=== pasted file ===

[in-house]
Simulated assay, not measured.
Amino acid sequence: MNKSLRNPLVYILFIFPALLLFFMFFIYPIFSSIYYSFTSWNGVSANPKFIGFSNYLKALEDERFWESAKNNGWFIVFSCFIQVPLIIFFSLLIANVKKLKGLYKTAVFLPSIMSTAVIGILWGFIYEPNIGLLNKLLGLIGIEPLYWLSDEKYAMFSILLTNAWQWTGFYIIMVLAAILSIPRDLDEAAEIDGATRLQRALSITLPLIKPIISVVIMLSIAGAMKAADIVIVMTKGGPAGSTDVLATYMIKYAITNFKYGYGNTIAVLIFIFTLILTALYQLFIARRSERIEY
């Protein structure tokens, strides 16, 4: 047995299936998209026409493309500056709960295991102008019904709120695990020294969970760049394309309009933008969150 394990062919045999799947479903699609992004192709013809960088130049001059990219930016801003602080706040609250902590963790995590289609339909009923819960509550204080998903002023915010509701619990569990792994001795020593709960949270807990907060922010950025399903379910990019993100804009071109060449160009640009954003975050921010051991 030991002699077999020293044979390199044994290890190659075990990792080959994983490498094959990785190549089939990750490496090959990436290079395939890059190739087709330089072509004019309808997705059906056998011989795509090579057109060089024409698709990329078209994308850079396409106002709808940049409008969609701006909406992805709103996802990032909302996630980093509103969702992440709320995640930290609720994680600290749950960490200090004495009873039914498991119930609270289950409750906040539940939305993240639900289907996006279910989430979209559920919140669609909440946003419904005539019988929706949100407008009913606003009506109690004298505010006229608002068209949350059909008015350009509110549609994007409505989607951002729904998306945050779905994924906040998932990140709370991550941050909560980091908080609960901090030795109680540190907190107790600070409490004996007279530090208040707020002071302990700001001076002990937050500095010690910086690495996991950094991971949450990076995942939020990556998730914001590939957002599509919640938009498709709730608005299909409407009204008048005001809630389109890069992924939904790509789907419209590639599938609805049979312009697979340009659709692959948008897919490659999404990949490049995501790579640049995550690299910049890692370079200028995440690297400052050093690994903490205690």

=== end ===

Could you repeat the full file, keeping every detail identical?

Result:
[in-house]
Simulated assay, not measured.
Amino acid sequence: MNKSLRNPLVYILFIFPALLLFFMFFIYPIFSSIYYSFTSWNGVSANPKFIGFSNYLKALEDERFWESAKNNGWFIVFSCFIQVPLIIFFSLLIANVKKLKGLYKTAVFLPSIMSTAVIGILWGFIYEPNIGLLNKLLGLIGIEPLYWLSDEKYAMFSILLTNAWQWTGFYIIMVLAAILSIPRDLDEAAEIDGATRLQRALSITLPLIKPIISVVIMLSIAGAMKAADIVIVMTKGGPAGSTDVLATYMIKYAITNFKYGYGNTIAVLIFIFTLILTALYQLFIARRSERIEY
């Protein structure tokens, strides 16, 4: 047995299936998209026409493309500056709960295991102008019904709120695990020294969970760049394309309009933008969150 394990062919045999799947479903699609992004192709013809960088130049001059990219930016801003602080706040609250902590963790995590289609339909009923819960509550204080998903002023915010509701619990569990792994001795020593709960949270807990907060922010950025399903379910990019993100804009071109060449160009640009954003975050921010051991 030991002699077999020293044979390199044994290890190659075990990792080959994983490498094959990785190549089939990750490496090959990436290079395939890059190739087709330089072509004019309808997705059906056998011989795509090579057109060089024409698709990329078209994308850079396409106002709808940049409008969609701006909406992805709103996802990032909302996630980093509103969702992440709320995640930290609720994680600290749950960490200090004495009873039914498991119930609270289950409750906040539940939305993240639900289907996006279910989430979209559920919140669609909440946003419904005539019988929706949100407008009913606003009506109690004298505010006229608002068209949350059909008015350009509110549609994007409505989607951002729904998306945050779905994924906040998932990140709370991550941050909560980091908080609960901090030795109680540190907190107790600070409490004996007279530090208040707020002071302990700001001076002990937050500095010690910086690495996991950094991971949450990076995942939020990556998730914001590939957002599509919640938009498709709730608005299909409407009204008048005001809630389109890069992924939904790509789907419209590639599938609805049979312009697979340009659709692959948008897919490659999404990949490049995501790579640049995550690299910049890692370079200028995440690297400052050093690994903490205690």